Neighborhood Spotlight: Tujunga hangs on to its rustic edge
The mountain-lined stretch off of Big Tujunga Canyon Road.(Mel Melcon / Los Angeles Times)
An equine property on Wentworth Street.(Luis Sinco / Los Angeles Times)
Locals have relied on this commuter route for decades.(Luis Sinco / Los Angeles Times)
The name Tujunga is derived from the Tongva term for “old woman of the earth,” so it’s no surprise that the character of the area from the Spanish conquest to the opening of the 210 Freeway was predominantly one of pastoral rusticity.
Originally part of the 6,600-acre Rancho Tujunga — a gift from the Mexican governor to Francisco Lopez, who famously discovered gold in Placerita Canyon after dreaming of its location while napping under an oak tree — Tujunga was one of the communities created as the rancho was eventually broken up and sold to various real estate investors and ranchers.
Aside from a brief gold rush of its own in 1865, Tujunga developed as an agricultural community where farmers raised everything from fruit trees to honeybees. Throughout the 19th century and the early 20th century, the rhythm of life in the Tujunga Valley followed that of the seasons: planting, harvesting and planting again.
That simple, slow-paced rhythm inspired journalist William Ellsworth Smythe to plan a utopian commune in Tujunga. As the founder of the “Little Land” movement (slogan: “A Little Land and a Lot of Living”) which had already established self-supporting farming communities in Idaho and down south in San Ysidro, Smythe was eager to continue his success in Tujunga.
In 1913, he began offering potential buyers excursions from Los Angeles to the 240-acre Los Terrenitos tract that would form the heart of the community.
Early settlers in the colony used the rocks they cleared from their fields to build Bolton Hall, a gathering place for the commune that still stands at the corner of Commerce Avenue and Valmont Street in the old town center of Tujunga.
Like many communes, Los Terrenitos had a brief period of brilliant success followed by a slow but steady decline, as achieving the dream of being entirely self-supporting ran headlong into the capitalistic impulses that, in the go-go land boom of the 1920s, led many community members to subdivide their farms to make way for lucrative residential developments.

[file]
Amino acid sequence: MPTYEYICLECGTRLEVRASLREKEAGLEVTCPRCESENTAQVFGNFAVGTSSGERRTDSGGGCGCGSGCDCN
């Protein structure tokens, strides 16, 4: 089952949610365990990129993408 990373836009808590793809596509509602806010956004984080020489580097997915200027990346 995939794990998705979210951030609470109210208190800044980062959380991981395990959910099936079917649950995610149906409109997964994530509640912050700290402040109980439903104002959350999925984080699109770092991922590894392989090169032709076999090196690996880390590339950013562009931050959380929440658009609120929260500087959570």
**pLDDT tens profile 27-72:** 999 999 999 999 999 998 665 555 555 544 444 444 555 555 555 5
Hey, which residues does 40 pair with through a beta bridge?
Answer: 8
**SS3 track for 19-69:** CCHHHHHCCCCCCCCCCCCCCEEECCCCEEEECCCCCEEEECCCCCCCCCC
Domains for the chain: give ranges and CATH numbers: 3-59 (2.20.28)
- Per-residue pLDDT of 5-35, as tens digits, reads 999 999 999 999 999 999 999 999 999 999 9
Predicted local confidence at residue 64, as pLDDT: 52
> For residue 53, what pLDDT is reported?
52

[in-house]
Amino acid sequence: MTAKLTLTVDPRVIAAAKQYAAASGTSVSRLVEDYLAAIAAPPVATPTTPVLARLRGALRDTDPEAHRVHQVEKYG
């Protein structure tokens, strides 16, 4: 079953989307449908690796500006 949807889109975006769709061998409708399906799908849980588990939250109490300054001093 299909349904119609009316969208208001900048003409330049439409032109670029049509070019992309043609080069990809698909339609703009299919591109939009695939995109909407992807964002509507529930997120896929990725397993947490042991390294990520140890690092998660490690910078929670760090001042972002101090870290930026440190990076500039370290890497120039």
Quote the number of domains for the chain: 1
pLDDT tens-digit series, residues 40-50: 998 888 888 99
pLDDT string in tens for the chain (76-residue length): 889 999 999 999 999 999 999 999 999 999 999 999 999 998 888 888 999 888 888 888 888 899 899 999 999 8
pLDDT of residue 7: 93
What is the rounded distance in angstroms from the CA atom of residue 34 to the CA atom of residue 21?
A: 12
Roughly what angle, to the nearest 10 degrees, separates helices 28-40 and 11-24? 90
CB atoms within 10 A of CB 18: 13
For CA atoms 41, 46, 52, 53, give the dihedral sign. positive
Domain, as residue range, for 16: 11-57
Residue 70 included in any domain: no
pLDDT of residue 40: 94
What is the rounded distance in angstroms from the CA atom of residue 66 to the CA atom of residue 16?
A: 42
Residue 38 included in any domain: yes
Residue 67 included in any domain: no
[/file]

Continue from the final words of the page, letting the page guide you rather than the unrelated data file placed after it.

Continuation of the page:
Even so, the character of Tujunga remained overwhelmingly rural until L.A.’s postwar housing boom, which brought a dramatic increase in the construction of subdivisions and commercial corridors.
The opening of the Foothill Freeway in the late 1970s made Tujunga a popular bedroom community for workers who commuted to downtown Los Angeles, but vestiges of its rural past remain in its equine neighborhoods and general disdain for dense development.
A flair for the rustic: Tujunga’s relative isolation has made it a retreat for everyone from urban equine enthusiasts to iconoclastic poets and biker gangsters.
A sense of history: The influence of the Little Landers is still felt in Tujunga in the independent spirit of the people who live there and in the landmarks they left behind.
In the shadow of the mountains: The San Gabriels loom over Tujunga and provide plentiful recreational opportunities, including hiking, camping and hunting.
On the fringe of the wilderness: Of course, that proximity to nature is a double-edged sword, as the recent wildfires have shown.
Sally Hall of Berkshire Hathaway HomeServices has lived in Tujunga for 45 years and sold homes in the area since 1985.
She noted that residents in the area are staying put, which is leading to overcrowding and a competitive market.
“If you want to build anything, you have to tear down a house,” Hall said. “If you want to buy something, every home is going to have multiple offers.”
She said McGroarty Park provides a consistent stream of art, dance and pottery classes that attract a younger demographic and provide a vibrancy to the historic community.
“Neighborhood gathering places like the Elks Lodge and American Legion help foster a sense of community,” Hall said.
In the 91040 ZIP Code, based on 20 sales, the median sales price in July for single-family homes was $679,000, according to CoreLogic. That’s a 25.3% increase in median sales price year over year.
There are three public schools within the Tujunga boundaries. Apperson Street Elementary and Sunland Elementary scored 874 and 843, respectively, in the 2013 Academic Performance Index. Mt. Gleason Middle scored 808.
Outside the boundaries, Plainview Avenue Elementary scored 793, and Verdugo Hills Senior High scored 746.
Times staff writer Jack Flemming contributed to this report.
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